Simply defined, the architecture profession involves the design of buildings, open areas, communities, and environments, while achieving an aesthetic effect. With the exception of uninhabited natural regions, people experience architecture constantly, which is why what we do is so important. It is not enough however, to simply creating strong designs. Success in this profession requires aptitude in other areas as well!
We are stewards of the environment. Today’s designs aren’t deemed successful if they don’t incorporate environmentally responsible features such as energy efficiency, the use of sustainable materials in design and the preservation of exterior green space. To make things more challenging, the costs associated with environmentally-responsible design are often in opposition to a client’s budgetary concerns.
We are referees in client versus public interest contests. While a client is paying for a design which will meet corporate needs, the design will affect other people. Employees, customers and local citizens will all experience the design in some sense, so the client must be satisfied in a manner which is respectful to others outside the organization.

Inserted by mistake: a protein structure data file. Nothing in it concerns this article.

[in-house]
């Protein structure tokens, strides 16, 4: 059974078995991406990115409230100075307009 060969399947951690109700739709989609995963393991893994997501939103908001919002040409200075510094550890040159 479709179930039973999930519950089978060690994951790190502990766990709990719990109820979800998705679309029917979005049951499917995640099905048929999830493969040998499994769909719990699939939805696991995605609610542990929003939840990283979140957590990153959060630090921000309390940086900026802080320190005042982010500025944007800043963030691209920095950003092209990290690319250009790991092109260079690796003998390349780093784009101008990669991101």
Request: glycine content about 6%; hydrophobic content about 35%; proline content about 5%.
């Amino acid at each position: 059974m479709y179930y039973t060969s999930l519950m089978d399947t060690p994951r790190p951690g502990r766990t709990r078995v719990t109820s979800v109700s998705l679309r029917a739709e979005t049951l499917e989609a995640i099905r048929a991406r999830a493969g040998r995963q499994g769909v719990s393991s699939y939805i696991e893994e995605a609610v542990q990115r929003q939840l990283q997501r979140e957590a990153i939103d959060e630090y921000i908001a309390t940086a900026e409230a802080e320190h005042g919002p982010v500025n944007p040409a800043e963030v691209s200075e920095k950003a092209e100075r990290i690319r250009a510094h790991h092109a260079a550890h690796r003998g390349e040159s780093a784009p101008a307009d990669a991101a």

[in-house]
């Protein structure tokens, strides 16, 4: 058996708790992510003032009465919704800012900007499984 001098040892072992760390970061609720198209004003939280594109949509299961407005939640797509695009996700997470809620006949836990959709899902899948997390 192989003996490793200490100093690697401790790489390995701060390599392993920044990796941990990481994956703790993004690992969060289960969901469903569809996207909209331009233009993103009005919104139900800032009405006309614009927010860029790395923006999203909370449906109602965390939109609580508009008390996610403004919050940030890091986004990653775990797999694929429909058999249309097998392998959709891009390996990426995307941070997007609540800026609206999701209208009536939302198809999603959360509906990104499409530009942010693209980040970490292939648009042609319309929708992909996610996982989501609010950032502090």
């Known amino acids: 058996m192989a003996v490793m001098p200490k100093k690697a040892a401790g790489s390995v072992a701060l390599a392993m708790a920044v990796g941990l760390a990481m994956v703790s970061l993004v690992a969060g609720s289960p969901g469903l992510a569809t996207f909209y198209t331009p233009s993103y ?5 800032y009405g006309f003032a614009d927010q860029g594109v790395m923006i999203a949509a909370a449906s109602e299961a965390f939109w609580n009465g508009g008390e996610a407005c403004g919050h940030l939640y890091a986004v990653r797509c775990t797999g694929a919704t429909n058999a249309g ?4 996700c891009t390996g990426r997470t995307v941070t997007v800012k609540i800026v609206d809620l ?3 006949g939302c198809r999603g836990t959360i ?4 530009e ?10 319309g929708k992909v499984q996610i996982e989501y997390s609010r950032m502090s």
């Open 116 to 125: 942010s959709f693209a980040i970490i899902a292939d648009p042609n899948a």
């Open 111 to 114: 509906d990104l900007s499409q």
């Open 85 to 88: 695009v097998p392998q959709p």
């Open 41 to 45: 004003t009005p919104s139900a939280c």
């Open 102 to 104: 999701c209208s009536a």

We are problem solvers, and wrong-righters. In communities with older buildings, we understand modifications made over the years can limit the use of the building. We fix what has broken, beautify the ugly, and try to make the best of bad situations we didn’t create. Needs change, people change and architecture changes in response.
We are clairvoyant to the expectations of future generations. Not only are we meeting the needs of today’s clients, we are expected to do this in a way that transcends the present time. Designs must last– structurally, of course, but also environmentally and aesthetically. Working with today’s circumstances, we must design for today and tomorrow.
While our end goal is an appealing architectural design, the journey to its achievement is almost always circuitous.